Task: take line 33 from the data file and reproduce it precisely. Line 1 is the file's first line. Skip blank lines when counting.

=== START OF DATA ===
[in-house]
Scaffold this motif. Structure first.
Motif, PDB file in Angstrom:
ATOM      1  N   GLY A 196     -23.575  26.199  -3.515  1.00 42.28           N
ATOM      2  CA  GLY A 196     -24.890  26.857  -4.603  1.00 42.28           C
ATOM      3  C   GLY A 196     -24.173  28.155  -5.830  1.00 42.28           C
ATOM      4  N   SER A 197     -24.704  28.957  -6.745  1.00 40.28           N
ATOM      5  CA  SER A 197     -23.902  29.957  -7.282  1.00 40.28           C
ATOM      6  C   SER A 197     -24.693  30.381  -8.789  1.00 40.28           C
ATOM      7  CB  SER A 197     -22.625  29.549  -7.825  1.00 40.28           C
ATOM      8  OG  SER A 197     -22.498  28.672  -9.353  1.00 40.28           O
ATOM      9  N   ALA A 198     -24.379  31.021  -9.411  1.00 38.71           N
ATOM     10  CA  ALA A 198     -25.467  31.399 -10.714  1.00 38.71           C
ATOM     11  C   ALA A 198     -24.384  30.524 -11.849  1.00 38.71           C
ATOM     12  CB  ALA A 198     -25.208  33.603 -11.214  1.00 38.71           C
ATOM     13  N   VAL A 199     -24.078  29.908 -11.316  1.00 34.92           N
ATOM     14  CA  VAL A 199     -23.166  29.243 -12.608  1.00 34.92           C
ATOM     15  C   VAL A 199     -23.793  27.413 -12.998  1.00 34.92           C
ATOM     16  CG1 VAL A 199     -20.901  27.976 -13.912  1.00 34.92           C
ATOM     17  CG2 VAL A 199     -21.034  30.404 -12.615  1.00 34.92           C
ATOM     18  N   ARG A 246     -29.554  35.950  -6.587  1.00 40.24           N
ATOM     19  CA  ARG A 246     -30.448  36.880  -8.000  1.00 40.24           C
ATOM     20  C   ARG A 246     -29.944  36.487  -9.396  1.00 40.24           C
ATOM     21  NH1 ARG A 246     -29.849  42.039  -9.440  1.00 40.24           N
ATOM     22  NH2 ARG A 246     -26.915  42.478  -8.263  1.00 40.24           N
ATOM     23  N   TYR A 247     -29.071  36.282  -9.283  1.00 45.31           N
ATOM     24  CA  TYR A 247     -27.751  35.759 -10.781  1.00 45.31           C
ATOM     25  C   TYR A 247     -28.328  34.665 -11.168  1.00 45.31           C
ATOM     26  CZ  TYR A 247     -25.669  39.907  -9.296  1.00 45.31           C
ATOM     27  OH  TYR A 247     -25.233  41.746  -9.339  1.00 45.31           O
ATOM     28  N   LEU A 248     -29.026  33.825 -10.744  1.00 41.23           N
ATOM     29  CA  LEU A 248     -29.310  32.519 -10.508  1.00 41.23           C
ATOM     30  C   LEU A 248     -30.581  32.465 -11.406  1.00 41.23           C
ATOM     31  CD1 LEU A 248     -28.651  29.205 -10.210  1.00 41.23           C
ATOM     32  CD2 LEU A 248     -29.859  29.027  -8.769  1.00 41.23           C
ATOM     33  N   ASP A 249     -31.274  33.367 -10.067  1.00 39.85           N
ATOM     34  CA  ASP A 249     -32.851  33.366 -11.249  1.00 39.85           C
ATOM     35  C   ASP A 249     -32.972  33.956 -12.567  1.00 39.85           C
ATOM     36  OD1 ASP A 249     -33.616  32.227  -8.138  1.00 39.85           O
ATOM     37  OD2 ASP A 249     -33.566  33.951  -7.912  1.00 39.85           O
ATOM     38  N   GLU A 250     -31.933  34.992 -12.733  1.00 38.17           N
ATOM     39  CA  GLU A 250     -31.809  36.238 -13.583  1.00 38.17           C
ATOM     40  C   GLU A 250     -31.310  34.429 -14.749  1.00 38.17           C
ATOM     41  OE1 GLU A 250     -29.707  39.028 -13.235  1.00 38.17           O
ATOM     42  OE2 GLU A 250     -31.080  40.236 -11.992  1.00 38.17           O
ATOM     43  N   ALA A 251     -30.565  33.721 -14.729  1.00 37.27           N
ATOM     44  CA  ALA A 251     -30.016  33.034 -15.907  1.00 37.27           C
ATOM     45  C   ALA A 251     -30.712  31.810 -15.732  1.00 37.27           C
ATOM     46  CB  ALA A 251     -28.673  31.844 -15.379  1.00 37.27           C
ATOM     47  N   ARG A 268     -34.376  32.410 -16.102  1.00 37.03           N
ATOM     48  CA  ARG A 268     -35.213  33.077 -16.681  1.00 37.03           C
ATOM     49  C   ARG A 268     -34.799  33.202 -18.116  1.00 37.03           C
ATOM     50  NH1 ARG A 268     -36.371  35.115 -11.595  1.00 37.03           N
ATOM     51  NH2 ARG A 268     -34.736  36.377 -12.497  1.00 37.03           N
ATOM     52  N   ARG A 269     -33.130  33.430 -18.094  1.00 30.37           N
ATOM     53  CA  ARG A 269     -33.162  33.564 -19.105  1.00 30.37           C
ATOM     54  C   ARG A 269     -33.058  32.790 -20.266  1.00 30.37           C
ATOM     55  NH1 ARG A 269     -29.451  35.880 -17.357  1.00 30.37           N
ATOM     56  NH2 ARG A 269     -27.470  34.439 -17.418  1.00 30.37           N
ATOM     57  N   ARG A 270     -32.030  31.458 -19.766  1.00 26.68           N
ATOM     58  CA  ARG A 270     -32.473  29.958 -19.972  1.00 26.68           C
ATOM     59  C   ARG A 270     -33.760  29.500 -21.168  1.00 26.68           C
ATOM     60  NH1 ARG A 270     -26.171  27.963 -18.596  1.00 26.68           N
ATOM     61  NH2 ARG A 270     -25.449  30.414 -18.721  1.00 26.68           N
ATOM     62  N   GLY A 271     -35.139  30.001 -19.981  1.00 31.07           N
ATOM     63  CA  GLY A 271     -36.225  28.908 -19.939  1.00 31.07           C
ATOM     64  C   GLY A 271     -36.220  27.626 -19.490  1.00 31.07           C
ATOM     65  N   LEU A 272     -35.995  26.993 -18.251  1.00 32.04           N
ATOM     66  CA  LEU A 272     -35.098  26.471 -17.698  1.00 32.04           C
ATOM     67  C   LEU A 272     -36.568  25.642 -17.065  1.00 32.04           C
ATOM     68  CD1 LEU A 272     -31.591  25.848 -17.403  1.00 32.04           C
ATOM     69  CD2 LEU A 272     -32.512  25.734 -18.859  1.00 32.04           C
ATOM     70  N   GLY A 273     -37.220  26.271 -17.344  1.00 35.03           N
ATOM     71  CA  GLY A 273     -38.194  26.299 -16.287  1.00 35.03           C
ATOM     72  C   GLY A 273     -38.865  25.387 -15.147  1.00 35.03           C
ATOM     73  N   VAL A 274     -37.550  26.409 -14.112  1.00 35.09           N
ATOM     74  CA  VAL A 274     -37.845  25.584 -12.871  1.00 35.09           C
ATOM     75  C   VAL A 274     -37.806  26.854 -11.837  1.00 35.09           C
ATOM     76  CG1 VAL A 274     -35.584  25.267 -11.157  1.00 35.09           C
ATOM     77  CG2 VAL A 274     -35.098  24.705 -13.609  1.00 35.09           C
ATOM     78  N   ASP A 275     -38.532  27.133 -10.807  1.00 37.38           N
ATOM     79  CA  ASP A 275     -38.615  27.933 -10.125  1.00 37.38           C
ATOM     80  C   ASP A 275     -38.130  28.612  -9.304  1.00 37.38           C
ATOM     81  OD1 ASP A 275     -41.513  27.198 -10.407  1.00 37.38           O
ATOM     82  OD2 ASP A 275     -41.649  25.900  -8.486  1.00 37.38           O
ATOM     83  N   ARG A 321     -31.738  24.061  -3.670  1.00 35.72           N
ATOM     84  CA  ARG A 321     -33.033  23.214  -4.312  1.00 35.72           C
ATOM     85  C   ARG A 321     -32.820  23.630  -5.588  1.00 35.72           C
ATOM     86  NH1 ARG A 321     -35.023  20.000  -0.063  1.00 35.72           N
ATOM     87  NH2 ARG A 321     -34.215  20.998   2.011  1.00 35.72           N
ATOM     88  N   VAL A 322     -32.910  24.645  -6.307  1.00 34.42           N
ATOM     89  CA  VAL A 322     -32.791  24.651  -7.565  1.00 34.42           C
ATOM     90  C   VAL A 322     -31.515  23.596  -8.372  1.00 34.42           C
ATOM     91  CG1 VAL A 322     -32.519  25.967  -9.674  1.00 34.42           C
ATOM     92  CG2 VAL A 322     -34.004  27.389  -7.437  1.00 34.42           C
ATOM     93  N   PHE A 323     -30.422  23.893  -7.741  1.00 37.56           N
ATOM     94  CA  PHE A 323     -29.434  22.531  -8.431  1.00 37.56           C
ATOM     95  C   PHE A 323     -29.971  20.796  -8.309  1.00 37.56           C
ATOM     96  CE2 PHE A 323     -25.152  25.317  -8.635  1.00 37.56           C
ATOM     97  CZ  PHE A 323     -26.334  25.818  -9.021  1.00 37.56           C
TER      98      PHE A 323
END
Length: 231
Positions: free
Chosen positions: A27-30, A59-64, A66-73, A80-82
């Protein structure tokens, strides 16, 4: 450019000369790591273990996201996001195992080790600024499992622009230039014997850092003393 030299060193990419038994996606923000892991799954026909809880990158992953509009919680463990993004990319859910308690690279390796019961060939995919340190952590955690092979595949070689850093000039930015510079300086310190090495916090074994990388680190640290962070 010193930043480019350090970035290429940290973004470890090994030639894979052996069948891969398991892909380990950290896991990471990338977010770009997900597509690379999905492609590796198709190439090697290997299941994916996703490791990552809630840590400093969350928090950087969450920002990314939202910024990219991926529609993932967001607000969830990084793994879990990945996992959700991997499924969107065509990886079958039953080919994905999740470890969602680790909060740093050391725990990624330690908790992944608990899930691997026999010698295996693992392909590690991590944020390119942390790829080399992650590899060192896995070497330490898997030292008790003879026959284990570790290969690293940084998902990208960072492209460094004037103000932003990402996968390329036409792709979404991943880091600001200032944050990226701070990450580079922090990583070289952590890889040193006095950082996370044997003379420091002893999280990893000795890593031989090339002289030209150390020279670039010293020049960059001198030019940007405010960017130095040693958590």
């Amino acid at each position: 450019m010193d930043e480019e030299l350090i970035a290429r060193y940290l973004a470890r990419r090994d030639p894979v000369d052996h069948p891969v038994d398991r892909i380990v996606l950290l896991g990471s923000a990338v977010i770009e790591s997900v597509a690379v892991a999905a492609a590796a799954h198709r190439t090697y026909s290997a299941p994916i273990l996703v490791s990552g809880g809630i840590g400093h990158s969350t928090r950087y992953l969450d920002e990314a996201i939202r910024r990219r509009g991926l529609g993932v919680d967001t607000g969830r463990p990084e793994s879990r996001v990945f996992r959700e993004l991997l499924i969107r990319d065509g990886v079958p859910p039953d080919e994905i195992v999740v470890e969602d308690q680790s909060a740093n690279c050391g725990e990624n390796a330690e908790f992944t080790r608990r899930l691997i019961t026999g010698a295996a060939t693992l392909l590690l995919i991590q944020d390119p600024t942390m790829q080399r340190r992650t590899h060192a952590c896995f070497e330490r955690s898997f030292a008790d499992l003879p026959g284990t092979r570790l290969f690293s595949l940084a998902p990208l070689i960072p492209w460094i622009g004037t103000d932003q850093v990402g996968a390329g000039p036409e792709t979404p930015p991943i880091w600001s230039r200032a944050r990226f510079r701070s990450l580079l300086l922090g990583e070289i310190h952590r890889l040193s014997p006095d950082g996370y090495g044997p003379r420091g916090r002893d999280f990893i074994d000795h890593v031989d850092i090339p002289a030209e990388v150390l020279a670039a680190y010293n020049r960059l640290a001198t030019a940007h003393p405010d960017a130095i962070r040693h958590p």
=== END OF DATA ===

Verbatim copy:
ATOM     30  C   LEU A 248     -30.581  32.465 -11.406  1.00 41.23           C